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Kids say the Harshest Things

So I’m living back in my family home since finishing Uni last Summer.

At 24 and a half, I’m definitely feeling the pressure – though from nobody but myself (and possibly a teeny bit from my little sister who wants my bedroom) – to progress my life in at least some fashion since achieving the ‘walked off the edge of a cliff’ experience of graduating over 6 months ago now; but for the moment I really do love living here.

Of course there are the obvious perks like once again being able to give Mam a ring on the way home from work on a cold, grey winter night and get her to stick the bath on. Not to mention the distinct and very well appreciated lack of rent payments to be made (though of course I do pay my way) and the fact that there is no utterly incompetent and/or criminally negligent landlord in the equation to get my blood boiling to unhealthy temperatures.

But the best thing about living at home is definitely that I get to see my nieces and nephews loads, and properly watch them grow up. Of course I have to admit that this is me in a good mood talking – this house is a rather chaotic, manic and at times shouty one and that’s not always fun. But it’s always been that way and for the vast majotity of the time I love it!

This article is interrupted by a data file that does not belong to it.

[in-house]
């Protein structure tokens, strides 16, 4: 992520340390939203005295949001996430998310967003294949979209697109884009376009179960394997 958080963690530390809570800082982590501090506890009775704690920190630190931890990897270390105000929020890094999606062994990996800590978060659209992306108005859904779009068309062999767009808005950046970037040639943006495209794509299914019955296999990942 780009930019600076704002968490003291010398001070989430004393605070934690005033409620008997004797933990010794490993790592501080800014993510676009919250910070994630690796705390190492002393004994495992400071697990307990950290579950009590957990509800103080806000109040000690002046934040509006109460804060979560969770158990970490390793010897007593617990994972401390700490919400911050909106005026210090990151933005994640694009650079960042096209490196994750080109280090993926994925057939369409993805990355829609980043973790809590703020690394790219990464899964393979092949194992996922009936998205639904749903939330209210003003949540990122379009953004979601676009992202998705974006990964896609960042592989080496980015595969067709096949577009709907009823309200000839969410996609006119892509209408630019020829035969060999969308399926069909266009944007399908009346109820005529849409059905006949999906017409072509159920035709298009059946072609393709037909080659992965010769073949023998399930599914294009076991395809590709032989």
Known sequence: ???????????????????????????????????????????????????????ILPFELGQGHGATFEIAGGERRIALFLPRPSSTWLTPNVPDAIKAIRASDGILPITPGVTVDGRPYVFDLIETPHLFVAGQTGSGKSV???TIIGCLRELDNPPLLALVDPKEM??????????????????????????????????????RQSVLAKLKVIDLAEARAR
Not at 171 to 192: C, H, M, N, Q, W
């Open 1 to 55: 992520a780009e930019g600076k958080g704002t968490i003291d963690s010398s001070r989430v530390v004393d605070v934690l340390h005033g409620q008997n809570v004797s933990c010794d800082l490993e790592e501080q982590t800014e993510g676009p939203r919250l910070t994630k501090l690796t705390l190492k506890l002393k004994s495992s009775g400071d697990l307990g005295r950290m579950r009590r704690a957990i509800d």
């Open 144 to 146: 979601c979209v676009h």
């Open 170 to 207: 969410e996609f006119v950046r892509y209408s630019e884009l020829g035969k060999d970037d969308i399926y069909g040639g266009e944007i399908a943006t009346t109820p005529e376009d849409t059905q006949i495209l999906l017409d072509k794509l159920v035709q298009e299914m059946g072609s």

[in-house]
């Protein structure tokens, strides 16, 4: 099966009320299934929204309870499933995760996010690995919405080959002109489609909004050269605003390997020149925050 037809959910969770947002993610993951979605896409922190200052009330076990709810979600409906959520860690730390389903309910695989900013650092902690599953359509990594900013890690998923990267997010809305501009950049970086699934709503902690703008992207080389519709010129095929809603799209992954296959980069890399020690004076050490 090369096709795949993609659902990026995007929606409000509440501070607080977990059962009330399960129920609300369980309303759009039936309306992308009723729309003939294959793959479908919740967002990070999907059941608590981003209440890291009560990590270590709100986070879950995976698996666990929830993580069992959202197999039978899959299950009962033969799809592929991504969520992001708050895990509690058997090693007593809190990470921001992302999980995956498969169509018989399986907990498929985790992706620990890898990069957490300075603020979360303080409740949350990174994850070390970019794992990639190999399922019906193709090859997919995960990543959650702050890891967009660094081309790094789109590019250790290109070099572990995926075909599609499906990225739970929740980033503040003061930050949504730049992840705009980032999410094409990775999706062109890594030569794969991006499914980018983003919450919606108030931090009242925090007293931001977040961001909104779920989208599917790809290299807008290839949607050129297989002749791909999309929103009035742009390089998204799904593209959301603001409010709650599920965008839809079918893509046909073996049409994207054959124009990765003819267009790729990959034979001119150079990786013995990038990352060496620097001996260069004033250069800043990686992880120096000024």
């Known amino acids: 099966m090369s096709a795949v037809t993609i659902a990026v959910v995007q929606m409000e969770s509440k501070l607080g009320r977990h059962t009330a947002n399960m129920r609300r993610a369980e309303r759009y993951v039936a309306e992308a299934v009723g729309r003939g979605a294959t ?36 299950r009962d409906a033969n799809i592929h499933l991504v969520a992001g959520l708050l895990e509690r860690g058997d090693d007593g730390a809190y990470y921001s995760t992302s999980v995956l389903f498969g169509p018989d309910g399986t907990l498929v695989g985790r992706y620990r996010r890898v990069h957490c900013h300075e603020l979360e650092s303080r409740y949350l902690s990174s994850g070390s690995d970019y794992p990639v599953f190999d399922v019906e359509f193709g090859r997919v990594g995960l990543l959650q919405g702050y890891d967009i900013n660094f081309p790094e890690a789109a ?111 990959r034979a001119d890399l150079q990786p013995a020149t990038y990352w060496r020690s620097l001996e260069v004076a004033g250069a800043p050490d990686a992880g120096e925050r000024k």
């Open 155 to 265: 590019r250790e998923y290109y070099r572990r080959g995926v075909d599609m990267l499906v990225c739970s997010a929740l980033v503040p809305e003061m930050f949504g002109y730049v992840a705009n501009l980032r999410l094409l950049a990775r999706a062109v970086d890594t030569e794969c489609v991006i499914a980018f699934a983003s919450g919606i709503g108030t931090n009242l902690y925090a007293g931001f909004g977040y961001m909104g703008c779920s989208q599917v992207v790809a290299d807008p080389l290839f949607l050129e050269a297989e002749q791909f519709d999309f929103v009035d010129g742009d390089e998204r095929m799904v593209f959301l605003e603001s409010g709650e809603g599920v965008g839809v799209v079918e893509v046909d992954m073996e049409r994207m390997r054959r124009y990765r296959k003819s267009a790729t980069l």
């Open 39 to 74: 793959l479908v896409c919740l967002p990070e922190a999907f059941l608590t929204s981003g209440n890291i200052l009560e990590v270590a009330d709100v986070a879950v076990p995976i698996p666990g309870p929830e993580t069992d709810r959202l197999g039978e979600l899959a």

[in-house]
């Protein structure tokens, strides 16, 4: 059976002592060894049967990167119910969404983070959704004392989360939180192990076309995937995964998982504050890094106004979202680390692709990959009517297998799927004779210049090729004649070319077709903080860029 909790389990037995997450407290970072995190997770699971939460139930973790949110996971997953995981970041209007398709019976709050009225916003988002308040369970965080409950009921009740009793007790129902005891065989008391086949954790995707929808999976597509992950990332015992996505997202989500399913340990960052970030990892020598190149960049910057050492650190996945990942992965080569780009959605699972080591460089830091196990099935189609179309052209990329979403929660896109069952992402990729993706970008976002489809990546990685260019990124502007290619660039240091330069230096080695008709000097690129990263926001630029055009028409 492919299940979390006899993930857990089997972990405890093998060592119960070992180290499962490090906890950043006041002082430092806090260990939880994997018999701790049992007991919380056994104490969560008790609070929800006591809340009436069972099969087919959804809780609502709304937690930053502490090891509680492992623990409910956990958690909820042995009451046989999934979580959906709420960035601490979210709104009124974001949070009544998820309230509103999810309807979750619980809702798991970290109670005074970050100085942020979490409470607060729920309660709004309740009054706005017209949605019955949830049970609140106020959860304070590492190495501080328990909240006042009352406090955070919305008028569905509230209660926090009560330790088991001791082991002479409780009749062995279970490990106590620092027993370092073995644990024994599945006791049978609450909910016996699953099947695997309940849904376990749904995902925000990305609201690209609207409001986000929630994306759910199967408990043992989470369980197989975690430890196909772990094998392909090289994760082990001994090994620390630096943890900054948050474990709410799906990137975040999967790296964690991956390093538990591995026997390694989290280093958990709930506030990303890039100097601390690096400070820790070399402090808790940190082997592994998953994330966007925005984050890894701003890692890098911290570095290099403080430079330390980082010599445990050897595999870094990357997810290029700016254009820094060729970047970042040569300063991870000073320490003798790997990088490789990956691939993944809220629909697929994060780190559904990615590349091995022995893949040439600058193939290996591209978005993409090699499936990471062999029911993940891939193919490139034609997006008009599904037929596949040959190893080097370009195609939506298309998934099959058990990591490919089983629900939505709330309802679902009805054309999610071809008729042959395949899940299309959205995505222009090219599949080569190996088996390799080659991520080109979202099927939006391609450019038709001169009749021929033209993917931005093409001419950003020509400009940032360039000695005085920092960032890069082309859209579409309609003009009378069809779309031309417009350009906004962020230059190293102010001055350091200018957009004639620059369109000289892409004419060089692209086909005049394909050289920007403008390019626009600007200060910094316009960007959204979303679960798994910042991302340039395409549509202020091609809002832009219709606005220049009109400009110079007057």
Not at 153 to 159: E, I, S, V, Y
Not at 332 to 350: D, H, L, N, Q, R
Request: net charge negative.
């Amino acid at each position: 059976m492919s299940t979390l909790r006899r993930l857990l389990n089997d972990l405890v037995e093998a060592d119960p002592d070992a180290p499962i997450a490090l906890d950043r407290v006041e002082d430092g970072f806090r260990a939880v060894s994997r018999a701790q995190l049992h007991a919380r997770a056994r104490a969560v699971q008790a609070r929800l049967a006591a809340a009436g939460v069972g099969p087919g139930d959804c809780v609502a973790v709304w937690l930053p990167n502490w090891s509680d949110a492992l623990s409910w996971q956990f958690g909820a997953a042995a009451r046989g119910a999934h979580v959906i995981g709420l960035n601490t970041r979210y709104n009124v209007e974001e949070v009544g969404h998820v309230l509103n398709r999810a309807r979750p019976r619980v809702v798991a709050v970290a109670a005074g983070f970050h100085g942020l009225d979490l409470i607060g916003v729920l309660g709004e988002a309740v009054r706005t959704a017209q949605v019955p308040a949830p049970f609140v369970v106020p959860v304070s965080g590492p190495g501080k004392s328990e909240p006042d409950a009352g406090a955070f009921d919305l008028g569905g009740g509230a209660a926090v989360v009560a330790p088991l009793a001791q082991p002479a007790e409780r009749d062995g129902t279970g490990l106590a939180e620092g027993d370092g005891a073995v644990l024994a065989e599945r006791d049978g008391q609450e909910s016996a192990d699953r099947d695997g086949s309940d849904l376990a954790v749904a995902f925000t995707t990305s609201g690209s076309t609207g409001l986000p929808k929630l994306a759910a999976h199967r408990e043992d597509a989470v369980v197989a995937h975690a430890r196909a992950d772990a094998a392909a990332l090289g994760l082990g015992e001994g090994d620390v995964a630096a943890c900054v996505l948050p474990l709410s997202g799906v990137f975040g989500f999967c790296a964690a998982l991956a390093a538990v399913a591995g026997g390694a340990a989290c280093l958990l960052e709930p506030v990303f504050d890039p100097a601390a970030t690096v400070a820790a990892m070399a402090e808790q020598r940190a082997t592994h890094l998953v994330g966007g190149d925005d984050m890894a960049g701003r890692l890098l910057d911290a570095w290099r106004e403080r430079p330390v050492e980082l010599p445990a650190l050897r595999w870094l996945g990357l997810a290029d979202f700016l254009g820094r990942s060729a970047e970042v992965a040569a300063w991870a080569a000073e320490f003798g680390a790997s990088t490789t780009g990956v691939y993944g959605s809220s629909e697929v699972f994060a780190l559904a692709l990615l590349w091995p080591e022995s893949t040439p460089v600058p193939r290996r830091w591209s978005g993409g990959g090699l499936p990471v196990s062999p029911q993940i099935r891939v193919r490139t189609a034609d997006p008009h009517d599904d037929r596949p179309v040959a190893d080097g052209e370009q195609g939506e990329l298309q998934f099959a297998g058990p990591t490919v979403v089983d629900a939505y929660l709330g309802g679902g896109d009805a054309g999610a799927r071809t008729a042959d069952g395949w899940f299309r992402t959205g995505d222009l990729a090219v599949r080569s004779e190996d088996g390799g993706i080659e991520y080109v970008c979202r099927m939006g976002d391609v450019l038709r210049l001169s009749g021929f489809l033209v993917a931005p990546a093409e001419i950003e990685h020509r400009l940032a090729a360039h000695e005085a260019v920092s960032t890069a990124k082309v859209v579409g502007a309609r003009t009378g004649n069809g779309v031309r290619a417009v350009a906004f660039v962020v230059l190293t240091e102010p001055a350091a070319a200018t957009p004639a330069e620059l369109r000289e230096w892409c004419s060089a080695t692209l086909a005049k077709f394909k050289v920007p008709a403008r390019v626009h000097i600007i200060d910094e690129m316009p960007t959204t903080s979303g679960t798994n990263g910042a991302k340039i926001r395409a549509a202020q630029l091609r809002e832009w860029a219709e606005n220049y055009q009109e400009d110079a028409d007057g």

So today I got up – like most Saturdays – when I decided that I couldn’t roll over, sandwich my head between two pillows and ignore the racket from downstairs any longer. It sounded like my completely amazing if sometimes a tad (quite a lot) shouty Mam was having a whale of a time with the 8, 3 and 2 year olds and it was after 10am (which meant I’d had a 4-hour lie in compared to most week days) so I wasn’t too much like a bear with a sore head as I went downstairs.

The two older cherubs (little brother and his big sister) were sitting in the armchair in the corner having a rare moment of peacefully playing a game together (this is a pretty big deal) on big sister’s iPad. After a few minutes of chatting to Mam while they played and I made us both a cuppa, I was mercilessly ganged up on in what has to have been the funniest verbal attack that’s ever occurred without a quick-witted comedian and an ill-fated heckler being involved. I’m not even sure how or why it started but here in ascending order for your comedic enjoyment, are the best of the insults that were hurled at me over the 5 minutes that followed:

  1. “Stupid face, you smell like poo” – some pretty standard 3 year old material
  2. “Aunty Lauren you’ve got a bum-head on your face” – erm… unique
  3. “Yeah, you’ve got a bum on your face… you’ve got cheeks…so bum cheeks” – ahh, outwitted by 8 year old logic!
  4. “That’s cos you’re old… in fact I think you already know that…” – insightful…
  5. “You’re so spotty… you’re like Mr Tumble’s spotty bag…” – that’s right, this one’s my personal favourite, I’m a spotty bag. Spotty. Bag.

Needless to say I would have been left reeling from this creative tyrade – if I wasn’t completely used to it. And if it wasn’t so hilarious. And if it wasnt followed very closely by this from 3 year old Ethan – “Aunty Lauren, I just love you!”

So yeah, that was the first 15 minutes of my Saturday. You’re jealous right? I would be!